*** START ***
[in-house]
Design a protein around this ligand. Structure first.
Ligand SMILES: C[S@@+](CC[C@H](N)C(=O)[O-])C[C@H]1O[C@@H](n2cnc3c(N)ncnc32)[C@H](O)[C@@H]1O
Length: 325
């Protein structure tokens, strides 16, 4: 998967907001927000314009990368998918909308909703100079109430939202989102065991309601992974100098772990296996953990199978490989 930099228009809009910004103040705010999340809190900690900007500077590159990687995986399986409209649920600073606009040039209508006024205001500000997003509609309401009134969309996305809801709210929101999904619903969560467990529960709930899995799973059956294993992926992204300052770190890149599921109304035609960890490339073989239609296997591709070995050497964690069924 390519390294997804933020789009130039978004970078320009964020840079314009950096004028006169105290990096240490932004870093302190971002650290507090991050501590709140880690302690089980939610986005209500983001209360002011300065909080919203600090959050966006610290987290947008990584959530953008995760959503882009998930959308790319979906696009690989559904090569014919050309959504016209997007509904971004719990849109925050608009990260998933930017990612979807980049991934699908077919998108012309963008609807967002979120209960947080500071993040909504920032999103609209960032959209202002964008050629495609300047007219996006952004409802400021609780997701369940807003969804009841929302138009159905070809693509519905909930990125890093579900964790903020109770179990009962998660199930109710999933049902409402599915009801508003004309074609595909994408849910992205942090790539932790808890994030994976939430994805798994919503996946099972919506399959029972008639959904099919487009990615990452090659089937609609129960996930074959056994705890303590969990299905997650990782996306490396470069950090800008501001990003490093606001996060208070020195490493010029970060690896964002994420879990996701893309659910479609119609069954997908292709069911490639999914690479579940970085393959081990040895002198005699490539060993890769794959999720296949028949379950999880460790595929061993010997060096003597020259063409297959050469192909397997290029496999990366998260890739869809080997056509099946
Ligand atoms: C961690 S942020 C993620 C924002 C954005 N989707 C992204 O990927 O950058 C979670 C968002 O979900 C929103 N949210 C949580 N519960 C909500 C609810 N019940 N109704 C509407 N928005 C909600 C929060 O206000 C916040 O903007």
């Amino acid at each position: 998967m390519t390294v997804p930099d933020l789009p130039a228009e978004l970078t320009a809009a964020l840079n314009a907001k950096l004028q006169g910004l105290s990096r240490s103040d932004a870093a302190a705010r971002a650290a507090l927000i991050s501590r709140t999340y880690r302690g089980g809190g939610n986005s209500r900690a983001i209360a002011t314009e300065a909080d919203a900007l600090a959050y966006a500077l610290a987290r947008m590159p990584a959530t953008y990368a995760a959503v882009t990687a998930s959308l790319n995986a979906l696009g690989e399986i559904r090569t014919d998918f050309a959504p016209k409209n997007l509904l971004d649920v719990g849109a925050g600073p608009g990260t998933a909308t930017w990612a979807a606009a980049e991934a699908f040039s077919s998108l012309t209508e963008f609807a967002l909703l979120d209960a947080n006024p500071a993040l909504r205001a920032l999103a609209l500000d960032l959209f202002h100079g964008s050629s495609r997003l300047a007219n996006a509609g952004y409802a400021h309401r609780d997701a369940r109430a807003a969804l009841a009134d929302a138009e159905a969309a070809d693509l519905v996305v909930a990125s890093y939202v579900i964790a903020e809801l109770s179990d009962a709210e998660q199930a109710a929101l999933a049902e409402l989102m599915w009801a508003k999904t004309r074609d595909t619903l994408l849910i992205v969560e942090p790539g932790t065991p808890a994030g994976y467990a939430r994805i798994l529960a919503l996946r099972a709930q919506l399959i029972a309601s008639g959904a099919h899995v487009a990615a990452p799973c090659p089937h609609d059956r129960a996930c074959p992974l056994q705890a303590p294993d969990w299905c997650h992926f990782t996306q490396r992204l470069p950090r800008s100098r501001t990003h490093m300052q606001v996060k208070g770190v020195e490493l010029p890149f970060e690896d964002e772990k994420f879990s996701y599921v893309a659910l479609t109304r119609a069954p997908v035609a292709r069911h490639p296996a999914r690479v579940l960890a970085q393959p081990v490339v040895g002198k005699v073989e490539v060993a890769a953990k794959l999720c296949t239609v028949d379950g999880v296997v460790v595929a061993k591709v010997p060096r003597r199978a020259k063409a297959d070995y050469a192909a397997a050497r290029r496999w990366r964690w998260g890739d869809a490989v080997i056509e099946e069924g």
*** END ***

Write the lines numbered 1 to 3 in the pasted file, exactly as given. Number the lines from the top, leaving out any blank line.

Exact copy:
[in-house]
Design a protein around this ligand. Structure first.
Ligand SMILES: C[S@@+](CC[C@H](N)C(=O)[O-])C[C@H]1O[C@@H](n2cnc3c(N)ncnc32)[C@H](O)[C@@H]1O